Employer Company Car Accidents & Violations: Who is Liable?

Posted on Feb 15, 2019
Employer Company Car Accidents & Violations_ Who is Liable

When employees use business vehicles for business errands, the question of liability and responsibility often arises. Who is responsible for acts of drivers in business vehicles? It’s a question some employers do not even consider until a violation, accident, property damage, or injury has occurred.

If you are one of the many employers who hasn’t considered the potential ramifications, now is the time to act.  Ultimately, the business is responsible for its business vehicles.

Protecting Your Business from Employee Drivers

Overall, it’s the responsibility of the business to ensure that all employees driving company vehicles have the necessary skills to use them, know how to operate them safely, and have specific company guidelines for operating these vehicles.

You should do the following, to protect your organization:

  • Review employee’s driving record and found no reasonable issues.
  • Verify that employee drivers have the appropriate licenses in your state.
  • Has completed a documented road test.
  • Create a company vehicle safety document and have all employee drivers sign it.
  • Verify and routinely update employee auto insurance.

These are the initial details you need to work out before allowing employees to drive business vehicles. Keep in mind, though, that while it is important for employees to have auto insurance, you must also protect your business by having sufficient coverage as well for each vehicle with the understanding that employees will be driving them.

Some insurers may have requirements of their own that must be met before providing protection for company vehicles.

What Should Your Employee Driver Vehicle Safety Document Include?

While it is essential to have a document, handbook, policy, and guidelines for employee drivers, it is equally important that the material includes specific bits of information, such as:

  • Policies related to consumption of alcoholic beverages, prescription medications, illegal substances, and/or over the counter medications that may impact their abilities to operate motor vehicles.
  • Requirements related to texting, mobile phone use, computer operation, and other distractions while driving.
  • Instructions for how and when accidents should be reported to the company.
  • Instructions for how and where vehicle usage is acceptable.
  • Policies related to who can drive company vehicles and how vehicles can be used.
  • Types of cargo and materials that can be carried in the vehicles.
  • Safety instructions for employee drivers (including policies related to speeding, aggressive driving, etc.).
  • Maintenance policies and requirements.
  • Consequences for failure to follow policies including loss of driving privileges or, potentially, even the loss of a job if driving is a major component of an employee’s responsibilities within the organization.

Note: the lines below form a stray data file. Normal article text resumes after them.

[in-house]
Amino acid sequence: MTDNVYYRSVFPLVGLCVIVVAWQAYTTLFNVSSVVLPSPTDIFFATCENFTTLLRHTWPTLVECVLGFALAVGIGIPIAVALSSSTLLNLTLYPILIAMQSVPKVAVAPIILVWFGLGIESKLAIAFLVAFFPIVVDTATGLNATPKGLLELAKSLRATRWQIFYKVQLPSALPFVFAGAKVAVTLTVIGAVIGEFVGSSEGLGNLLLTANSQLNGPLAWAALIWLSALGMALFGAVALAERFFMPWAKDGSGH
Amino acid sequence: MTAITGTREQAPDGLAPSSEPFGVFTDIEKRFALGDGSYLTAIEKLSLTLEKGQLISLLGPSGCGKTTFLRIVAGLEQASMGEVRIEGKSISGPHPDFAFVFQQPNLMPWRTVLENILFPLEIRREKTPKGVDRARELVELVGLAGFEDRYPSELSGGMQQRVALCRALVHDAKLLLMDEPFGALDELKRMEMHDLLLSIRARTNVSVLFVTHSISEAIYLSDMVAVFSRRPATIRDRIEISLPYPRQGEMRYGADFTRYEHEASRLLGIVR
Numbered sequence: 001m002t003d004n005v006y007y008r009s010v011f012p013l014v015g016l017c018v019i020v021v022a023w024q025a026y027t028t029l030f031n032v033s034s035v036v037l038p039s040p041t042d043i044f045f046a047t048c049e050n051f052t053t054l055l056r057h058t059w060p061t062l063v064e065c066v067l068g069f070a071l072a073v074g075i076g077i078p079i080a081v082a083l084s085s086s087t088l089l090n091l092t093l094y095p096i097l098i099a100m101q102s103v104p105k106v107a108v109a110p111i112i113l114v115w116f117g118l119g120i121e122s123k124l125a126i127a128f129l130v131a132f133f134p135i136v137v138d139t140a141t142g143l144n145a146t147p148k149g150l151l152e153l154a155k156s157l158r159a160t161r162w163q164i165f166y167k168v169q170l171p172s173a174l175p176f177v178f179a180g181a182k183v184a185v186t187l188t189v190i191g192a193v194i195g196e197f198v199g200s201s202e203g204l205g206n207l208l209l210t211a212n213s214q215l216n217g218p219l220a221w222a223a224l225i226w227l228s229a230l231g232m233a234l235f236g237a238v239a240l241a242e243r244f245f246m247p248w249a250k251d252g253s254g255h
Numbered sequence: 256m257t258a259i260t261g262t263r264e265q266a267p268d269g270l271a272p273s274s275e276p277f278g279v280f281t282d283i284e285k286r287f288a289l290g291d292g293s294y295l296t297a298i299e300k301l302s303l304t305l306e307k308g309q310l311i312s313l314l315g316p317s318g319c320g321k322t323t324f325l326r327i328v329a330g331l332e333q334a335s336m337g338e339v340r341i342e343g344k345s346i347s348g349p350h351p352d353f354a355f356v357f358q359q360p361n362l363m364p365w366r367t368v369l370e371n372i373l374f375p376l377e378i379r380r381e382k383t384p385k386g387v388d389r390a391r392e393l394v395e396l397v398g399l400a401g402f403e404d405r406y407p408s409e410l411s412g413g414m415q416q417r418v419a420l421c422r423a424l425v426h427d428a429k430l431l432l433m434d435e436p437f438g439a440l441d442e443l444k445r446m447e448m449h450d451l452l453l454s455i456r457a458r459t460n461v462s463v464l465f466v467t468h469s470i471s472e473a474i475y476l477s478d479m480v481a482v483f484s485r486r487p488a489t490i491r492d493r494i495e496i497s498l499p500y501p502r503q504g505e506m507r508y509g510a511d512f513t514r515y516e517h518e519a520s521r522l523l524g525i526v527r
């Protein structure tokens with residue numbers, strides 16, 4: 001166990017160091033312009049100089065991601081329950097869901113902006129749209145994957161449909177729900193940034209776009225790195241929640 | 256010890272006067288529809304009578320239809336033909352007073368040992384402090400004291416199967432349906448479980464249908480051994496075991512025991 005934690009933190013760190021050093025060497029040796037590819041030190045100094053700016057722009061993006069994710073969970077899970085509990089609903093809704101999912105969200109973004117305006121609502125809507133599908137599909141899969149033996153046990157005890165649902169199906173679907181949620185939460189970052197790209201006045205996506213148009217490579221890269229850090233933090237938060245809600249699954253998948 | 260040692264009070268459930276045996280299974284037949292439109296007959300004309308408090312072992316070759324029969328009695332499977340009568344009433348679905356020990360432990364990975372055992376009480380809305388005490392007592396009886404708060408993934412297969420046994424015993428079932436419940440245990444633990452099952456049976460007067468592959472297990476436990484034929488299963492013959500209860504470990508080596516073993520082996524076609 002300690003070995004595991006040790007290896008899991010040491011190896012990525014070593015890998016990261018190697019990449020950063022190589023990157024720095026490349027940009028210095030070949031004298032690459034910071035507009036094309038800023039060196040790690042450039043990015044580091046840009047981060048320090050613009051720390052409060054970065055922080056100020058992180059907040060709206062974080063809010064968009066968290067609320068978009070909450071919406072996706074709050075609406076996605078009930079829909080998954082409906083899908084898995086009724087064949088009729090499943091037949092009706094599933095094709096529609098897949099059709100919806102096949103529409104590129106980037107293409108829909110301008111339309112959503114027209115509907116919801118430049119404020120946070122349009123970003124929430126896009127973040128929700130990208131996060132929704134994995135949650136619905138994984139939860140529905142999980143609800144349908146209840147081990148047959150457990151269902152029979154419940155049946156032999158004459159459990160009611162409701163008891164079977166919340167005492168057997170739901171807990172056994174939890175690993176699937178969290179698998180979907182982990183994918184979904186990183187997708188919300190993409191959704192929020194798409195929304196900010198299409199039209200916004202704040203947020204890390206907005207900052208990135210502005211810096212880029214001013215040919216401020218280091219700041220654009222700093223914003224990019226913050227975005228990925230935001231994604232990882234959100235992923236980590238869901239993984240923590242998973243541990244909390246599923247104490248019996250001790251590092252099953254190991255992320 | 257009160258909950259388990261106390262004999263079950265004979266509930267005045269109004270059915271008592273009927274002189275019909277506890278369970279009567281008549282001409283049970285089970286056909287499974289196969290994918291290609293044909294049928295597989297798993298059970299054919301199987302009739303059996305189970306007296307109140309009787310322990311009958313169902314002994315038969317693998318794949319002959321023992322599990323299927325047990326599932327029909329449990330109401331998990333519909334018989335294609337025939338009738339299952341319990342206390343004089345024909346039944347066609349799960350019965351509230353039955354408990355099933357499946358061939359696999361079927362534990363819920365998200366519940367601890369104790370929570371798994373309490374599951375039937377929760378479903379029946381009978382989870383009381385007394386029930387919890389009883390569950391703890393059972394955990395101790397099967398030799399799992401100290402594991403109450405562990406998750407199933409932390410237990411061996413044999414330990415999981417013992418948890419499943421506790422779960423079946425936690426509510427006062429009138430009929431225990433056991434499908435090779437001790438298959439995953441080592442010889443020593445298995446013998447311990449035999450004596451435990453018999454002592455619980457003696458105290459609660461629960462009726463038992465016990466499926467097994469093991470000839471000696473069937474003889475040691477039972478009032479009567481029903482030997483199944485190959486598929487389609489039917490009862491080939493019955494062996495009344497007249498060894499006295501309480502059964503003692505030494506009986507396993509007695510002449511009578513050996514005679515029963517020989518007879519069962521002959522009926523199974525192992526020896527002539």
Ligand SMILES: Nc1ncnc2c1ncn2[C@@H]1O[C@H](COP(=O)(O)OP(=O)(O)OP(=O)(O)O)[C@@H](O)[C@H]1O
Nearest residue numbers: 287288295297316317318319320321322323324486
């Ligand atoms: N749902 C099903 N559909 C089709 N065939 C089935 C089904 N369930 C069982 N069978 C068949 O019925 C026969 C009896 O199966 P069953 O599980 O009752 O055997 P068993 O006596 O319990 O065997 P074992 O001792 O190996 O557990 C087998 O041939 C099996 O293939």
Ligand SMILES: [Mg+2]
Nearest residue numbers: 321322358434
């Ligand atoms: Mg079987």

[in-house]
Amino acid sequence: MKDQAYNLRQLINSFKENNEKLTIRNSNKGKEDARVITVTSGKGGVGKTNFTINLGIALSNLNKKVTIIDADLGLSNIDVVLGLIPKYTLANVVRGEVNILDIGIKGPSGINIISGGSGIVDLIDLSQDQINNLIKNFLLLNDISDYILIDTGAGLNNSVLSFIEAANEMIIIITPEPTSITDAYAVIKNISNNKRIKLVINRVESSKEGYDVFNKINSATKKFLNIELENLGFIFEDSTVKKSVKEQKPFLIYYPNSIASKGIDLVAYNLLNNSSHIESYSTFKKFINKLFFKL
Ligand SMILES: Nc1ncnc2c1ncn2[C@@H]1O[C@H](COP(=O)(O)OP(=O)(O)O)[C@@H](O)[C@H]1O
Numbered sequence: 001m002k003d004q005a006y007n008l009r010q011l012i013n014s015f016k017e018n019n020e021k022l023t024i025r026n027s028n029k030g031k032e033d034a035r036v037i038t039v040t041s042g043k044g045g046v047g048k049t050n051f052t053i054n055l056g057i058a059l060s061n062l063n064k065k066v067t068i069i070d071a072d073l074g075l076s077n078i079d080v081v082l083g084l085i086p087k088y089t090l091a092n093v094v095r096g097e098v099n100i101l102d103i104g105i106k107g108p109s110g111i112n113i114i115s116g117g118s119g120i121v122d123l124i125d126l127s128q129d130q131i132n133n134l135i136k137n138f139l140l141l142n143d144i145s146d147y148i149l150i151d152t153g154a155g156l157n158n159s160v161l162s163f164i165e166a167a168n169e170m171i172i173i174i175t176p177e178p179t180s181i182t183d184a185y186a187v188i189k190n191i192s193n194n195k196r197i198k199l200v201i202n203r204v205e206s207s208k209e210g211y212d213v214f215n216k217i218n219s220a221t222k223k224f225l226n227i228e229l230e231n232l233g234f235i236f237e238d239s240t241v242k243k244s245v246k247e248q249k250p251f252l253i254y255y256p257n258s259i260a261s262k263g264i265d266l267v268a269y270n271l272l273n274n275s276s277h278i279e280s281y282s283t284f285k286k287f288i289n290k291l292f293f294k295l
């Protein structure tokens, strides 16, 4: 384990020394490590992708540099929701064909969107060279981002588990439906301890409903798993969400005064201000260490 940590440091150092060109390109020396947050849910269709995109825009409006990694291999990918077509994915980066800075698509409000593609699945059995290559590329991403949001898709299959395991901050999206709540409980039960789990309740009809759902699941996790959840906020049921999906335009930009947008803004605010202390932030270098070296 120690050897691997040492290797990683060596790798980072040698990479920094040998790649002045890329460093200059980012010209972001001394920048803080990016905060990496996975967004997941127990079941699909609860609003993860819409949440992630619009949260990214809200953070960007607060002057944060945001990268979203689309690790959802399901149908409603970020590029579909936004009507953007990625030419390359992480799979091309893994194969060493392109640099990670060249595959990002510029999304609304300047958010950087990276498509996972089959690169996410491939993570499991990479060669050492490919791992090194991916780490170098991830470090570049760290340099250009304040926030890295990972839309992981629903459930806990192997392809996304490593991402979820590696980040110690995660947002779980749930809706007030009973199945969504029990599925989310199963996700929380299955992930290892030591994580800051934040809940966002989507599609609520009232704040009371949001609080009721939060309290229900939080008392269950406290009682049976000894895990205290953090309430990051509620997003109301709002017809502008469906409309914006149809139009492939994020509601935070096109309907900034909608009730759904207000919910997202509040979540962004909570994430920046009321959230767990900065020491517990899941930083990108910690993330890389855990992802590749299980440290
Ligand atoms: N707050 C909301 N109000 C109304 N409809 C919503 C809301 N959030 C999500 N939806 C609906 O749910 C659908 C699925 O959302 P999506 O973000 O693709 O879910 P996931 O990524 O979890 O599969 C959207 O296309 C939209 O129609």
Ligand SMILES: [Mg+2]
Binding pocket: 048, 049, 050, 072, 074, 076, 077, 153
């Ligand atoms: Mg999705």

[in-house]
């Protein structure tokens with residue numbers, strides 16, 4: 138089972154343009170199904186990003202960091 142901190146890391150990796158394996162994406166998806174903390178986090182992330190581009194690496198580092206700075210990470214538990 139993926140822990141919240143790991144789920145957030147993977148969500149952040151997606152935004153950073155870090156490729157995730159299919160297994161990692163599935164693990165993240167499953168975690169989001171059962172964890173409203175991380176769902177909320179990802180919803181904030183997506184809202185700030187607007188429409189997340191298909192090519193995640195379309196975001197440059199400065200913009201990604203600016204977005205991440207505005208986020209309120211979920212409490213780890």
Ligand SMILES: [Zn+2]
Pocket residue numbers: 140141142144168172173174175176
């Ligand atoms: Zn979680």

The policies you establish also provide important protection for your business, just as ensuring that your drivers are operating vehicles in accordance with those policies. GPS tracking for business vehicles can be a useful tool for monitoring driver actions when they are out of sight.

Why are Driver Policies so Important for Business Vehicles?

When you create policies for your drivers, that are signed by every driver on your team, and follow up with a monitoring system, like GPS tracking for your vehicles, you are showing your good faith effort to put safe drivers on the road.

This matters because ultimately, business vehicles are the responsibility of the business. If you have the right kind of insurance and follow the requirements of your insurer closely, your insurance protection will often be sufficient to protect your business, providing you have the proper amount of protection.

However, if you have drivers that consistently ignore policies and you do not take corrective measures, then your business could be found liable for the drivers’ actions and receive punitive damages far in excess of what your typical business auto policy provides.

This means you may need umbrella coverage for added protection and still may risk heavy financial penalties if an employee has an accident in a business vehicle.

Of course, the main reason to create driver policies for business vehicles is to establish expectations between your business and your employees about their conduct behind the wheel of employer-owned vehicles. The clearer your expectations are the fewer risks of accidents and injuries that can have devastating consequences for your employees and your business.

Because company vehicles are the responsibility of the business, it is important to protect the interests of your business from the start. Not only does this mean having adequate insurance protection and not relying on employee insurance to be sufficient coverage. It also means creating policies that are clear and concise about your expectations and making sure your drivers are complying with those policies.

Contact Otterstedt Insurance Agency to Learn More About Protecting Yourself

As an employer, ultimately, your company vehicle is your responsibility. That means you must have appropriate insurance coverage even when your employees are driving it.

Please call us 201-227-1800 to learn if you are adequately protected, and if not, how we can help.

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